The sexual revolution of the 1960s, widely seen as a liberation movement, is better understood as the intrusion of capitalist values into the previously sacrosanct realm of intimate life.

Read it all.

Posted in Anthropology, Ethics / Moral Theology, History, Poetry & Literature, Sexuality

Walt Whitman Reads “America”: The Only Surviving Recording of the Beloved Poet’s Voice

Centre of equal daughters, equal sons,
All, all alike endear’d, grown, ungrown, young or old,
Strong, ample, fair, enduring, capable, rich,
Perennial with the Earth, with Freedom, Law and Love,
A grand, sane, towering, seated Mother,
Chair’d in the adamant of Time.

Read and listen to it all.

Posted in America/U.S.A., History, Poetry & Literature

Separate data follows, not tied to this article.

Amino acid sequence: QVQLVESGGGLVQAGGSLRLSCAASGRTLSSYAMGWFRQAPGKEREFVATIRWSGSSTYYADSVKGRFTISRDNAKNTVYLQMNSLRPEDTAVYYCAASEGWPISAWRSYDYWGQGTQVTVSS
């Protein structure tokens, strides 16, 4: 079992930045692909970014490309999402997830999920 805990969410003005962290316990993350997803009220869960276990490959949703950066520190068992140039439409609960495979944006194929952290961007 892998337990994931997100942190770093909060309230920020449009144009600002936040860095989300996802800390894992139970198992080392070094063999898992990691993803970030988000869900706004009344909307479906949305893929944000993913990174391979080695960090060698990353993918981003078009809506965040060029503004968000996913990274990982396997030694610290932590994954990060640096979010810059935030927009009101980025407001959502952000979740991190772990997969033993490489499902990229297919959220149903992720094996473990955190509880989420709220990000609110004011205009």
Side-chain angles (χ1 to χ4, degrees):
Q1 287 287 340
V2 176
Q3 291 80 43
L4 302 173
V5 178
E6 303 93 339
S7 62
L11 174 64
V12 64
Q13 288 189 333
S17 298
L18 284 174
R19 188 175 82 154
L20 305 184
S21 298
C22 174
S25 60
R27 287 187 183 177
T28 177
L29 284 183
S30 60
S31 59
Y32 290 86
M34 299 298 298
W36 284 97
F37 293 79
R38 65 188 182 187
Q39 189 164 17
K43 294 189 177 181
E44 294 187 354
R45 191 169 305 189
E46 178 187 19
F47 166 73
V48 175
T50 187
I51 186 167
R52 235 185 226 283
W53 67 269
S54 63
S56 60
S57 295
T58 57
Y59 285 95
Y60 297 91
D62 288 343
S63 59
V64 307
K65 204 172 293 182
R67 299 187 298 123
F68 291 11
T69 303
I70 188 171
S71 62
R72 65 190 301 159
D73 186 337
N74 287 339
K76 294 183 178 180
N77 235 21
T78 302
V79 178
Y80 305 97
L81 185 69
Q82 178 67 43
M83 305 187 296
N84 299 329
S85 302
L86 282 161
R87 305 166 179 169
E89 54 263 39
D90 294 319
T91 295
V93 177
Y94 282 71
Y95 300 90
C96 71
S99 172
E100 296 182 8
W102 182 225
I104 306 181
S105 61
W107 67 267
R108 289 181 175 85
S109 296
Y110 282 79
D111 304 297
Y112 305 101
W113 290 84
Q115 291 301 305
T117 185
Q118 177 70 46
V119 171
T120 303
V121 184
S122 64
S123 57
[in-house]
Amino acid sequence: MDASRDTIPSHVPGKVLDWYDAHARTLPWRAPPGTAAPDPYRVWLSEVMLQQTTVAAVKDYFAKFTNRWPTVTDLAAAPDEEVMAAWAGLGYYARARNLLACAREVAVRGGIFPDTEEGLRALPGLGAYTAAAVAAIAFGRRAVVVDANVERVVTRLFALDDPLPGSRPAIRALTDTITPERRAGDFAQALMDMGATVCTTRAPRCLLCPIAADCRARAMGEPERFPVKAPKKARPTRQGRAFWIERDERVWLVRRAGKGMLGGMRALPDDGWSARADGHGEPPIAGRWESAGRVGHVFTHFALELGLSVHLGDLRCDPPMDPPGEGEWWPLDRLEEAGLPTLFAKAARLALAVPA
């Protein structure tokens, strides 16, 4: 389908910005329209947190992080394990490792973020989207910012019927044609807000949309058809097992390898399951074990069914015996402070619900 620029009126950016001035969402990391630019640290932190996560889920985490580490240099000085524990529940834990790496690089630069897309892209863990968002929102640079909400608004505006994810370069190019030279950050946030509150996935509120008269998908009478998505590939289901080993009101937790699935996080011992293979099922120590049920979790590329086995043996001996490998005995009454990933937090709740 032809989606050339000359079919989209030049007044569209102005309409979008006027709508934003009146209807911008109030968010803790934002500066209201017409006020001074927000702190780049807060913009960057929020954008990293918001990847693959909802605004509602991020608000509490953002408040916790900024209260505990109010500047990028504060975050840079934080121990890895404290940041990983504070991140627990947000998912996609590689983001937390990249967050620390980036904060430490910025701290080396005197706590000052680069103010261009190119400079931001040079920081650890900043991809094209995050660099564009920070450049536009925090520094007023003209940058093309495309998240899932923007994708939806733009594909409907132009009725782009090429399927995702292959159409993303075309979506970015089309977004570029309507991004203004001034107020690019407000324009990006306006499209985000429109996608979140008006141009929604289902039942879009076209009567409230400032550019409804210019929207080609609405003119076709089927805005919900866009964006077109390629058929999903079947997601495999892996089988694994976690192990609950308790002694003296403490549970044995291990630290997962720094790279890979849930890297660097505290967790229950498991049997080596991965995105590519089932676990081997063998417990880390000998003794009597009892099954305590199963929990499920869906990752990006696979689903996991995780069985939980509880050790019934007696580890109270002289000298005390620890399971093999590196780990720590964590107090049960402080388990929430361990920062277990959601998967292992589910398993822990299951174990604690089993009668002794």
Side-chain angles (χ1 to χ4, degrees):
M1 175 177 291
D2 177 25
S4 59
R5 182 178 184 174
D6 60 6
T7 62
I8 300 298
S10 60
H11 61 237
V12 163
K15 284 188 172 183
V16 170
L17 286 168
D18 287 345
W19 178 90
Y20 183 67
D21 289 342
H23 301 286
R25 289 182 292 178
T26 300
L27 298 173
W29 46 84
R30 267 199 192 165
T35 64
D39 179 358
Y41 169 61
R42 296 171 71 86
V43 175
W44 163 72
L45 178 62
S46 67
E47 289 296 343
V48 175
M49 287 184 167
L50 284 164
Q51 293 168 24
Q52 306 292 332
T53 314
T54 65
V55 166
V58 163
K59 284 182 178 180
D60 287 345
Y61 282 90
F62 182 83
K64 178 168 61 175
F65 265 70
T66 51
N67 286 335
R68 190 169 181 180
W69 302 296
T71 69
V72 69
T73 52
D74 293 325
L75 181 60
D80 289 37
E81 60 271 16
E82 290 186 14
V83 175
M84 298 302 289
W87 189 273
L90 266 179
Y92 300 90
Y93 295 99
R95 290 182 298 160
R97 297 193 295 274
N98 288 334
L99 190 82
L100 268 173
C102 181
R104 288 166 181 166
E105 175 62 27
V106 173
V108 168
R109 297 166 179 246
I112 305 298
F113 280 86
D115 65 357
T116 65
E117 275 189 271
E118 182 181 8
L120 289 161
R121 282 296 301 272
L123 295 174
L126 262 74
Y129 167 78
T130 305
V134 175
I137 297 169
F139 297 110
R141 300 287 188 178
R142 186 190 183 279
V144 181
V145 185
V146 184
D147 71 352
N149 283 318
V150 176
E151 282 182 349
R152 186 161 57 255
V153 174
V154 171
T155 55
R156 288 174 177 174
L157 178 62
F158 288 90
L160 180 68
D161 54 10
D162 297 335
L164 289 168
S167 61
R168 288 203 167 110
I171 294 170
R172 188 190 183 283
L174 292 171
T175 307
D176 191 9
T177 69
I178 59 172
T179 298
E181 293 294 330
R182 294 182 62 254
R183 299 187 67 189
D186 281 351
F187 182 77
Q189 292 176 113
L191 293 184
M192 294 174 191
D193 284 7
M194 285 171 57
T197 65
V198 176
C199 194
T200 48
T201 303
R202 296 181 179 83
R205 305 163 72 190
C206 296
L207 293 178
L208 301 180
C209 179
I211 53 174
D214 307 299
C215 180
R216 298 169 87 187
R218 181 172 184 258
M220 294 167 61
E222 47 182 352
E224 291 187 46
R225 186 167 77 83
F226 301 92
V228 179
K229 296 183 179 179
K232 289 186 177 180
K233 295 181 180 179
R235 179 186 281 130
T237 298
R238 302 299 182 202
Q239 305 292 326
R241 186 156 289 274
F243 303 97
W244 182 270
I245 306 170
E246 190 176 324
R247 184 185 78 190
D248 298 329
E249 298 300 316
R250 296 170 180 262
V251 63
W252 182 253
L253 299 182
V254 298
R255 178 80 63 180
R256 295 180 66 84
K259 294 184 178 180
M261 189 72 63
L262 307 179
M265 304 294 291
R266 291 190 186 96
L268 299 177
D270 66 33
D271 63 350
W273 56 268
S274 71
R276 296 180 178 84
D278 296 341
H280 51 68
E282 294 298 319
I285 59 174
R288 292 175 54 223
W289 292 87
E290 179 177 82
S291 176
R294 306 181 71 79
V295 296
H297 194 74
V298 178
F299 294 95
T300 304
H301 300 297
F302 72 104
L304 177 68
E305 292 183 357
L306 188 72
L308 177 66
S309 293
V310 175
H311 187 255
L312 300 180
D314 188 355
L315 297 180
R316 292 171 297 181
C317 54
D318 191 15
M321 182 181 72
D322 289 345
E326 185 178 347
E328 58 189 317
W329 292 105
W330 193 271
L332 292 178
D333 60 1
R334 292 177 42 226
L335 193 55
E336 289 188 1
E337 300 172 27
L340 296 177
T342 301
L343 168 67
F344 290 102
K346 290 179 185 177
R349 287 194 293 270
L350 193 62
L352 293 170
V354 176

The Ballad of God-Makers for G.K. Chesterton’s Feast Day

A bird flew out at the break of day
From the nest where it had curled,
And ere the eve the bird had set
Fear on the kings of the world.

The first tree it lit upon
Was green with leaves unshed;
The second tree it lit upon
Was red with apples red;

The third tree it lit upon
Was barren and was brown,
Save for a dead man nailed thereon
On a hill above a town.
That night the kings of the earth were gay
And filled the cup and can;
Last night the kings of the earth were chill
For dread of a naked man.

”˜If he speak two more words,’ they said,
”˜The slave is more than the free;
If he speak three more words,’ they said,
”˜The stars are under the sea.’

Said the King of the East to the King of the West,
I wot his frown was set,
”˜Lo, let us slay him and make him as dung,
It is well that the world forget.’

Said the King of the West to the King of the East,
I wot his smile was dread,
”˜Nay, let us slay him and make him a god,
It is well that our god be dead.’